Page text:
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Ventilation for stoves and fireplaces

Both a stove and a fireplace need air to work properly - the fuel needs a supply of oxygen to burn after all. When you open the door of the stove then air also rushes up the chimney because you've made the opening to the chimney much bigger by opening the door. For a fireplace this rush of air is going on all the time - which is a main reason that they are so inefficient (sometimes actually cooling your house down, not heating it as a result). All the more reason to swap to an efficient stove.

Ventilation for stoves

Stoves require less air than a fireplace to function, but they do still need some. Without this air supply the stove will smoke as there will not be a movement of air through the chimney to carry the smoke away. This is annoying and potentially dangerous. 

Building regulations recommend that, depending on how airtight your home is, that the room with your stove in should have a permanently open vent to supply the air that the stove needs. Now enough air may leak in to the room already, but for newer buildings or where older buildings have been upgraded a permanent vent may be needed. 

If you are fitting a vent to the room then it's a good idea to fit it near to the stove so that the cold air coming into the house does not have to travel so far. We can supply a stove ventilator which can easily be fitted with a 5 inch core drill. It has a series of baffles to reduce wind noise, a louvered grille for inside and a hood to prevent rain entry outside. 

BS 8303 was recently updated and so we now finally have guidance and a legal way to fit a stove with a direct air duct but no vent to the room. In addition to that I have come up with a gizmo called AirSmart which opens a sealed vent to the room whenever you open the door of your stove. Both these developments are ideal for passiv haus and other low energy, well sealed buildings. We design lots of wood heating systems for passiv and low energy homes so do get in touch if you would like us to get involved with your project.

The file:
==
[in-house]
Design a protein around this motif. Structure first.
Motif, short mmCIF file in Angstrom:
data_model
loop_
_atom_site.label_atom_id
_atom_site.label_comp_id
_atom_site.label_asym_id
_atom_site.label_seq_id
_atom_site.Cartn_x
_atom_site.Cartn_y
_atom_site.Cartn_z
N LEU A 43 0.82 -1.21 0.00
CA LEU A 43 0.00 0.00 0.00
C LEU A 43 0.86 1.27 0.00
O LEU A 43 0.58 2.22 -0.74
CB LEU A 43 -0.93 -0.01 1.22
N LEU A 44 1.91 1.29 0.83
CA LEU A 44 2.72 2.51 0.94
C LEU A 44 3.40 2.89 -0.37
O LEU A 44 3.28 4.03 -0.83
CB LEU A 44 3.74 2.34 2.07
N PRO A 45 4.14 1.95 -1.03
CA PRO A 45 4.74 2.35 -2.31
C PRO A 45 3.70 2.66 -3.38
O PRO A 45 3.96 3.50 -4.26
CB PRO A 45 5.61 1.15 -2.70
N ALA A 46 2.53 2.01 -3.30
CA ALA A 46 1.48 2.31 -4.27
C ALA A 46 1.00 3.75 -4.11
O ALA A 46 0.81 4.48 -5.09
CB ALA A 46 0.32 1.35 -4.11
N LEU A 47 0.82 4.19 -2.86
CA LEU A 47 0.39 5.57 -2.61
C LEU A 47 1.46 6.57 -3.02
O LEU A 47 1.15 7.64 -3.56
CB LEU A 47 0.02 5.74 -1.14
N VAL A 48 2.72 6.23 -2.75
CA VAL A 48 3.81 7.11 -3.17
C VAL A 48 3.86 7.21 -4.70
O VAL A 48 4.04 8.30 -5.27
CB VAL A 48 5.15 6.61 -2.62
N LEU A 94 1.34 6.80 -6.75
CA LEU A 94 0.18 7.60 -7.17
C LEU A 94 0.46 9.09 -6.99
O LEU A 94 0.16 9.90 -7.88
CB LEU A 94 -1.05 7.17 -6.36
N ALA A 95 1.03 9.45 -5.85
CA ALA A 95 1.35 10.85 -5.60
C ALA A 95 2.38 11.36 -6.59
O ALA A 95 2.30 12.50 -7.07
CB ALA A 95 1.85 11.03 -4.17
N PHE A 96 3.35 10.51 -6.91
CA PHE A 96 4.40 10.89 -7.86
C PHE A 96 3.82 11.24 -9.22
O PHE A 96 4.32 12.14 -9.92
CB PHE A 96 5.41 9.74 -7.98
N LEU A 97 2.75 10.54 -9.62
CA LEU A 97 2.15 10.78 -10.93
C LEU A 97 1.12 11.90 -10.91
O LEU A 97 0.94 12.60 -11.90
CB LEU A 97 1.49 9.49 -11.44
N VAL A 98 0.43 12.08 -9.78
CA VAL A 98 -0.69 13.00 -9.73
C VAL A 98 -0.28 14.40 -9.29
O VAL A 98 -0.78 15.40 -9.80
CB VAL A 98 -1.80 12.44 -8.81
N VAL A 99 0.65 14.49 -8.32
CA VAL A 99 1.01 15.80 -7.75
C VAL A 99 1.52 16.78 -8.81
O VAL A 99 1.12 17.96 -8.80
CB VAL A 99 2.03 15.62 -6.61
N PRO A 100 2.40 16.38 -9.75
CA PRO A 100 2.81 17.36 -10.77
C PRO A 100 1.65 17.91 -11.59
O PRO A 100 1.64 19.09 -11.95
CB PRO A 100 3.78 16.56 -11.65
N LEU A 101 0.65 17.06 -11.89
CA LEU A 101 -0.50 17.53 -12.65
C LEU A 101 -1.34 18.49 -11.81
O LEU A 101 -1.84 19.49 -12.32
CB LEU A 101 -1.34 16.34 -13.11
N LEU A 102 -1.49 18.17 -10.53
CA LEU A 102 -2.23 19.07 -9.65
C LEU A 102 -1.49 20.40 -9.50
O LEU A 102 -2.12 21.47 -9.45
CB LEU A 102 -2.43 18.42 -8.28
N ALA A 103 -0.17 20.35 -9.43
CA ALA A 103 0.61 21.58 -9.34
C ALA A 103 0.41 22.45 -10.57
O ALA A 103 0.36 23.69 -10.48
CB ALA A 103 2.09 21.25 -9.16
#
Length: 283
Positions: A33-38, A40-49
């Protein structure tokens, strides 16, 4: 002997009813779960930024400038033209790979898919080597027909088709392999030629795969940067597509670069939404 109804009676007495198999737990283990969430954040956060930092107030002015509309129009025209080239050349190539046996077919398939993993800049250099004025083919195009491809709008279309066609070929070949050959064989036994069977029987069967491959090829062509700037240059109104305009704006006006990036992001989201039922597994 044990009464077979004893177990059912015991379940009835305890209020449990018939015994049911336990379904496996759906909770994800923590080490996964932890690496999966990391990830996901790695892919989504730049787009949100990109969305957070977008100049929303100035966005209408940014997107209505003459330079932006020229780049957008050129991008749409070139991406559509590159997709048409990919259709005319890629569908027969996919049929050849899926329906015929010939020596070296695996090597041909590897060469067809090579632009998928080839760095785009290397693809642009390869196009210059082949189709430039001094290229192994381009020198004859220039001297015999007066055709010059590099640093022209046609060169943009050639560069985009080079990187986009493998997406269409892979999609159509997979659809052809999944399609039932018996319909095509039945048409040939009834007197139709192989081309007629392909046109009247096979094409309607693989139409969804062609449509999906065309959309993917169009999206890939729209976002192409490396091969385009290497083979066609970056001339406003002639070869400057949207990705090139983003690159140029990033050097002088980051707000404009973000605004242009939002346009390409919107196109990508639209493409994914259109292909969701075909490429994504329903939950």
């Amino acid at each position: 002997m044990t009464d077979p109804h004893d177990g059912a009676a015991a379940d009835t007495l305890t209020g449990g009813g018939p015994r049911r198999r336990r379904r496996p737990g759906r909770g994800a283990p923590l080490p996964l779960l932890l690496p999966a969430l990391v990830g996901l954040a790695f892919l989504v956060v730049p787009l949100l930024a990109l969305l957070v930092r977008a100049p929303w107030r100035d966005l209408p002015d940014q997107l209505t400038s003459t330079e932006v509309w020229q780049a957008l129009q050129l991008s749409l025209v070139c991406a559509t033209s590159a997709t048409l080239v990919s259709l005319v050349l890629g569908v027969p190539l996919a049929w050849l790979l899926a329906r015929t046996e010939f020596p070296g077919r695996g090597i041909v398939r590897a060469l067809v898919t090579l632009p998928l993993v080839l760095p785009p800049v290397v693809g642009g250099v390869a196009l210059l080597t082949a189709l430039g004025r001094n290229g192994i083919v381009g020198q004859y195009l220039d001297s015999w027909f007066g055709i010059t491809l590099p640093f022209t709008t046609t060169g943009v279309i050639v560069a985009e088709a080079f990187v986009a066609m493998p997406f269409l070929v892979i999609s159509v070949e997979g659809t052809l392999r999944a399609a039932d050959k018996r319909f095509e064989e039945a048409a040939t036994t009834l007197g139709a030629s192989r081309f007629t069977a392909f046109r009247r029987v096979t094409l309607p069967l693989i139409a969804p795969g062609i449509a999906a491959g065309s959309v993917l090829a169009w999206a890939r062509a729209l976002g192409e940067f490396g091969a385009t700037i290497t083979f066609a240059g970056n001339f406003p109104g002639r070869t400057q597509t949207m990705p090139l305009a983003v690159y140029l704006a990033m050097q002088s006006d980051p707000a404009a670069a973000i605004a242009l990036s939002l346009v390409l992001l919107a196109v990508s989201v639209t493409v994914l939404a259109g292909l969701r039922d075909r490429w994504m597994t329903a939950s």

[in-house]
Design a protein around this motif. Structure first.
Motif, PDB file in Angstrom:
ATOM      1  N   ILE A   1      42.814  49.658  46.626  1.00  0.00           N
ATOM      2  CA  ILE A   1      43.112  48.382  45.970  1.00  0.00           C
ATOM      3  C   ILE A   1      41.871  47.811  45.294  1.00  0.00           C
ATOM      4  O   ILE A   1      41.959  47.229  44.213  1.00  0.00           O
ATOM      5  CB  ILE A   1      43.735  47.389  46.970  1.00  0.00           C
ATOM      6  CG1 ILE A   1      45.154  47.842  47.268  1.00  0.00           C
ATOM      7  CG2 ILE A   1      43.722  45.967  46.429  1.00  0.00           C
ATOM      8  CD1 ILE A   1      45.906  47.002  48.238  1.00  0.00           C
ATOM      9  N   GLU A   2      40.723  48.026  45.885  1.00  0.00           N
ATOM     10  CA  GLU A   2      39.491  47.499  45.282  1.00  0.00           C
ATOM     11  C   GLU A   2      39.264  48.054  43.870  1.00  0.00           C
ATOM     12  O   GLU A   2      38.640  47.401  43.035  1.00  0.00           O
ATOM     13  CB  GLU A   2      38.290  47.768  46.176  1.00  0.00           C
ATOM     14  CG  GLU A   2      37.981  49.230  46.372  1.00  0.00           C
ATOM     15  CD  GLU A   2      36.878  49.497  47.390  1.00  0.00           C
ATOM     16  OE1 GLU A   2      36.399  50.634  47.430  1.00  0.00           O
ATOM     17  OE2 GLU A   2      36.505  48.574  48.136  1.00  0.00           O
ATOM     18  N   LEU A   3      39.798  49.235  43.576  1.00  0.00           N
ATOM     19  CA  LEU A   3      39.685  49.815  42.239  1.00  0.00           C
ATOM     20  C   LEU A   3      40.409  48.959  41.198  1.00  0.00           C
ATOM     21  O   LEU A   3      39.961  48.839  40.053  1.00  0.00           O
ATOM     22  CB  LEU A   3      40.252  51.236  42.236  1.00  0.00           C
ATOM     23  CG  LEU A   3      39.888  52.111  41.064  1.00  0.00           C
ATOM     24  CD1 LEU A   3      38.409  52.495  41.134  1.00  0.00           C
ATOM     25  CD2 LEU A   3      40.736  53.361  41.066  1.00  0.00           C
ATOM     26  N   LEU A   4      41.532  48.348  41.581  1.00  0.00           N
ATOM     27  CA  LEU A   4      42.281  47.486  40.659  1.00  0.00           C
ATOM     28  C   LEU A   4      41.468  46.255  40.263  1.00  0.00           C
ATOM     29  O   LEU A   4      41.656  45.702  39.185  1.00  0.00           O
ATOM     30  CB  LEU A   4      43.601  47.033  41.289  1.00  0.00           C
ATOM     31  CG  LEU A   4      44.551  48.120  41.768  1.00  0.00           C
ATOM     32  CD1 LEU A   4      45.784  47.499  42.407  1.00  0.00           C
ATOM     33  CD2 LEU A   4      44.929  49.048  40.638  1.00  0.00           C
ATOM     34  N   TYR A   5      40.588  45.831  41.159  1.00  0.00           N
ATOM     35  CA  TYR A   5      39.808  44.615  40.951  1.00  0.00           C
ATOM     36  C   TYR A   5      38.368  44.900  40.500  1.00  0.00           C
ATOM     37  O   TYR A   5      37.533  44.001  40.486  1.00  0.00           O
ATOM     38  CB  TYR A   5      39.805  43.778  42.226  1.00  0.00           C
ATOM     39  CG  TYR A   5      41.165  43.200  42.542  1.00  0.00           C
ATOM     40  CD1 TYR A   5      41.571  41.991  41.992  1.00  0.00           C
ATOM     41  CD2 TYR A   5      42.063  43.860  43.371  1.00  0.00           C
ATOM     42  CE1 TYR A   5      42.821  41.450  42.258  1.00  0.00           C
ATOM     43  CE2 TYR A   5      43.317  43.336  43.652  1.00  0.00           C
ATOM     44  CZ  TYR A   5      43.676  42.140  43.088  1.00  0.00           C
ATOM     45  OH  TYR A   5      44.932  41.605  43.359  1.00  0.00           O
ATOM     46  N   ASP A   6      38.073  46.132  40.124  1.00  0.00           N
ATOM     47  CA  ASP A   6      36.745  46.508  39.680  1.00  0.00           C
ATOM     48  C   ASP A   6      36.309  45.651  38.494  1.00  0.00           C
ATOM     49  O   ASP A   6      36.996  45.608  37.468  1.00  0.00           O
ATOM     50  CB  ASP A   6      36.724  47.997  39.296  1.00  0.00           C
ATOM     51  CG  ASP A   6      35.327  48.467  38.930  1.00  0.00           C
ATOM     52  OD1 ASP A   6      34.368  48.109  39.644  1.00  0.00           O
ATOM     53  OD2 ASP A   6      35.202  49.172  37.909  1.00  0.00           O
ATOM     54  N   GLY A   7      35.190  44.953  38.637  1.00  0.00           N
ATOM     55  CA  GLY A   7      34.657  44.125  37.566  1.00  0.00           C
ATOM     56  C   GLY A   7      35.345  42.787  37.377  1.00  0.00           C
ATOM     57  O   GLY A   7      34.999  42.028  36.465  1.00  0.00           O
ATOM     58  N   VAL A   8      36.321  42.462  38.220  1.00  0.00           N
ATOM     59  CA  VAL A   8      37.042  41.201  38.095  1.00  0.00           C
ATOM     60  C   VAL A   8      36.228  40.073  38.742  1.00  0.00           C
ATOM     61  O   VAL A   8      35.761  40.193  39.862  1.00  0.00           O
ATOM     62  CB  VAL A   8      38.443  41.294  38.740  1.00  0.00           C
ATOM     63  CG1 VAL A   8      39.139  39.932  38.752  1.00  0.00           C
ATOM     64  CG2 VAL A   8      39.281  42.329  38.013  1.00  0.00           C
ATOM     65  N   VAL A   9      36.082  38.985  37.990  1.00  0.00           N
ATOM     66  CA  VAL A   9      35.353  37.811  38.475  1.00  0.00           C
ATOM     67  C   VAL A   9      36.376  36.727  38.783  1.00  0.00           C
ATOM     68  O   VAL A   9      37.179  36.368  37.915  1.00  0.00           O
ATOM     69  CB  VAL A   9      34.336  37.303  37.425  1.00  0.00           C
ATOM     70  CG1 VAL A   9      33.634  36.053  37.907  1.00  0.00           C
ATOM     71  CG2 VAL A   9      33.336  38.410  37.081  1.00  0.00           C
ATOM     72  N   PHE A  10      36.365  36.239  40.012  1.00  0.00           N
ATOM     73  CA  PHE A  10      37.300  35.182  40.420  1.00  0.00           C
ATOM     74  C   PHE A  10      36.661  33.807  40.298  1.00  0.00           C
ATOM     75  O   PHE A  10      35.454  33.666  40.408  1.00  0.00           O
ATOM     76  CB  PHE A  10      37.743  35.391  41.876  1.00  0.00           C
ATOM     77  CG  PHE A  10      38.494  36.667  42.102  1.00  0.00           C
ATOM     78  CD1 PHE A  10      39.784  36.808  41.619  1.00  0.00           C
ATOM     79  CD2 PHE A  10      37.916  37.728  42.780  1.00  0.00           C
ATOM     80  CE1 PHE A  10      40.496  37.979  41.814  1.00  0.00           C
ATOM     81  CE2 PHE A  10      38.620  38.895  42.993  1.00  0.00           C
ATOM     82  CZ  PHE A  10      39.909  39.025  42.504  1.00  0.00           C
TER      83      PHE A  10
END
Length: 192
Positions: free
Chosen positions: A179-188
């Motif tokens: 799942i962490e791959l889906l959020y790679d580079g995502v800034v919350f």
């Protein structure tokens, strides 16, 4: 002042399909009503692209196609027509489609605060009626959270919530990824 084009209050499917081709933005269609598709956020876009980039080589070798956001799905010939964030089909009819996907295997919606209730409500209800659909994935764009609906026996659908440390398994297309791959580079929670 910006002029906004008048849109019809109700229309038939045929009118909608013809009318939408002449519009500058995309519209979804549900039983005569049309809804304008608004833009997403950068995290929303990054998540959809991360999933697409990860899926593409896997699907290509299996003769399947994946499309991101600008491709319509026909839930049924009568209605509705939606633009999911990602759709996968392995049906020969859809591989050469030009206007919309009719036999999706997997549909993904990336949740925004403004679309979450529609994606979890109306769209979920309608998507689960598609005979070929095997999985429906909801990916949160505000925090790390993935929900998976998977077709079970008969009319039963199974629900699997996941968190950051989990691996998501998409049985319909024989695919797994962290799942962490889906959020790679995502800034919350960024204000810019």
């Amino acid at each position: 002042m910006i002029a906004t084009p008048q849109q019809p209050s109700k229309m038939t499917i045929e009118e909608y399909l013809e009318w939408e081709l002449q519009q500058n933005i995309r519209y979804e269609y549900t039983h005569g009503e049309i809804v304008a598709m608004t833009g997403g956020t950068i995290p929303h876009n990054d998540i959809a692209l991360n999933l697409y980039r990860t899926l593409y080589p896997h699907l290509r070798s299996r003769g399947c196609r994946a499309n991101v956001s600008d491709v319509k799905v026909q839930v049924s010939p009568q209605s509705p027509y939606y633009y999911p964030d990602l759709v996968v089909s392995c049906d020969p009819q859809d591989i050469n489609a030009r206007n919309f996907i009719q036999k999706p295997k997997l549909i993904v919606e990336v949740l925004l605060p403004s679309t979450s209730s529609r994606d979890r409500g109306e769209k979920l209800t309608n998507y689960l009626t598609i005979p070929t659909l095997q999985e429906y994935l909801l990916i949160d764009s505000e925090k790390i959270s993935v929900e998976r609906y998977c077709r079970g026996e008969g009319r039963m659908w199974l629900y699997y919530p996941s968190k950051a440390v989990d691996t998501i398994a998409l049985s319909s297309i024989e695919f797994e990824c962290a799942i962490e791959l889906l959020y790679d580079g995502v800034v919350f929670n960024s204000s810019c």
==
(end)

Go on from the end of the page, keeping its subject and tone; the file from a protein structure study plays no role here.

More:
Read more about this in our Building regulations subsection - stove room ventilation page

Ventilation for fireplaces

Fireplaces require a lot more air than a stove. This is because of the large opening size of the fireplace. The maximum opening size of a stove (the firebox opening when the stove doors are open) is small compared to the aperture of even a small fireplace. Inadequate ventilation is a common cause of a smoking fireplace. If your fireplace has a throat (where the chimney opening narrows above the fire) then you need to provide permanently open vent(s) of at least 50% of the cross sectional area of the chimney at the throat. If the fireplace does not have a throat then you need to provide permanently open vent(s) of at least 50% of the cross sectional area of the flue.

Fireplaces need a LOT of air, to give you an idea it's probably of the order of 40lts of air a second going up your chimney. Bear in mind that that is air that you have probably paid to heat. An open fire is definitely cosy, but it's also very inefficient and can actually end up having the overall effect of cooling down your house, even though it might feel warm sat near it.

My advice, if you just love the feel of an open fire, is to consider something like a Fondis inset stove with an up and down sliding door. You can have a traditional fire surround so it looks like a fireplace and you can burn it in with the door open in 'open fire mode', and then shut the door and it will burn efficiently again, produce decent amounts of heat to warm your home and not be sucking in that 40lt/second rush of cold air into your house.